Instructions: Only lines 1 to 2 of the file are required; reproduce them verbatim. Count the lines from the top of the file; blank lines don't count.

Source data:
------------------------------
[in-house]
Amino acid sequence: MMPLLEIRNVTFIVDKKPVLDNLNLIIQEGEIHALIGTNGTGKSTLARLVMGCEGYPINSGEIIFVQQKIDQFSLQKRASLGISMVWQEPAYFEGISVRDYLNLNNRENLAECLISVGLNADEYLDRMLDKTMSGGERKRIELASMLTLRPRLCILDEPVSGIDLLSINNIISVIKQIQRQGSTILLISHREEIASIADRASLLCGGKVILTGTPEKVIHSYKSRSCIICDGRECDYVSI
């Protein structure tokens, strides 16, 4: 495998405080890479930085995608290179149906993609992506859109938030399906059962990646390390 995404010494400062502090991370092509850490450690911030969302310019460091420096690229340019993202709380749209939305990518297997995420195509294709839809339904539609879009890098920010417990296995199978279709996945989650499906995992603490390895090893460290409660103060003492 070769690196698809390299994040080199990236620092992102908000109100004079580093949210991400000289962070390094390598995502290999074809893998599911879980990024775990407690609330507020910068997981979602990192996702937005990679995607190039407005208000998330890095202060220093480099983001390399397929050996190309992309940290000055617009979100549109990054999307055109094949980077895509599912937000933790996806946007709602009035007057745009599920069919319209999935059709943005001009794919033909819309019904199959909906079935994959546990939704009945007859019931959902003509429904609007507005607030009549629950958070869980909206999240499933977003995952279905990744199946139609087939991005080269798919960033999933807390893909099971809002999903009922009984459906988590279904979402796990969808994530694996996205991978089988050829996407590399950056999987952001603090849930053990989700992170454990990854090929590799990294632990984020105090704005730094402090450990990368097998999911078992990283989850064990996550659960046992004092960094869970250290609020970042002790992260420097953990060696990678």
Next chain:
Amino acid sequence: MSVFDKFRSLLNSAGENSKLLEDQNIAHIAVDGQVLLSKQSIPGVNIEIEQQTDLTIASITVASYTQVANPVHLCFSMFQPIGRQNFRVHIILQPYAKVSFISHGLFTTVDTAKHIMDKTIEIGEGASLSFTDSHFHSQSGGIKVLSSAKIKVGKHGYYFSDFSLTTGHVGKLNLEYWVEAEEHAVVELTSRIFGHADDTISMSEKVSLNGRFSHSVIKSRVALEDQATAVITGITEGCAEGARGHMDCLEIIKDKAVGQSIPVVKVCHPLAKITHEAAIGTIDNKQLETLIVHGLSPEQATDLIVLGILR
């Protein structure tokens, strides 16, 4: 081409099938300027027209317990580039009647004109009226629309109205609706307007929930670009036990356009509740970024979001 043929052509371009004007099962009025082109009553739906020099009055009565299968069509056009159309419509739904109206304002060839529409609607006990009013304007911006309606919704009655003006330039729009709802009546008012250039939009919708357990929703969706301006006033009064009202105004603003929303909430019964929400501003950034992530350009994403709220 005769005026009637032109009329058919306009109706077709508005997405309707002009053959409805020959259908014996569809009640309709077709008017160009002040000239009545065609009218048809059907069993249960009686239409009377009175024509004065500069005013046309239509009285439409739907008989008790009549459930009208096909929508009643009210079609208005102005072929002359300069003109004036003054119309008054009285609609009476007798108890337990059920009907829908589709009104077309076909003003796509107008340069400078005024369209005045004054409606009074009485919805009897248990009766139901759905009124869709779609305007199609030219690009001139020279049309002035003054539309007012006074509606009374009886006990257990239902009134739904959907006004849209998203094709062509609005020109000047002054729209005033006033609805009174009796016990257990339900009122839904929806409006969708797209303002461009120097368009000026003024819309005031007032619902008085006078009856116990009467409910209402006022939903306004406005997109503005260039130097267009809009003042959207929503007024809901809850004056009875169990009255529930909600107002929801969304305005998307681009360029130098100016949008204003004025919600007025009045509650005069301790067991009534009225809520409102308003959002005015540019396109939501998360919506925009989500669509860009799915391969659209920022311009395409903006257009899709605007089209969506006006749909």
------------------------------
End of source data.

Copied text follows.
[in-house]
Amino acid sequence: MMPLLEIRNVTFIVDKKPVLDNLNLIIQEGEIHALIGTNGTGKSTLARLVMGCEGYPINSGEIIFVQQKIDQFSLQKRASLGISMVWQEPAYFEGISVRDYLNLNNRENLAECLISVGLNADEYLDRMLDKTMSGGERKRIELASMLTLRPRLCILDEPVSGIDLLSINNIISVIKQIQRQGSTILLISHREEIASIADRASLLCGGKVILTGTPEKVIHSYKSRSCIICDGRECDYVSI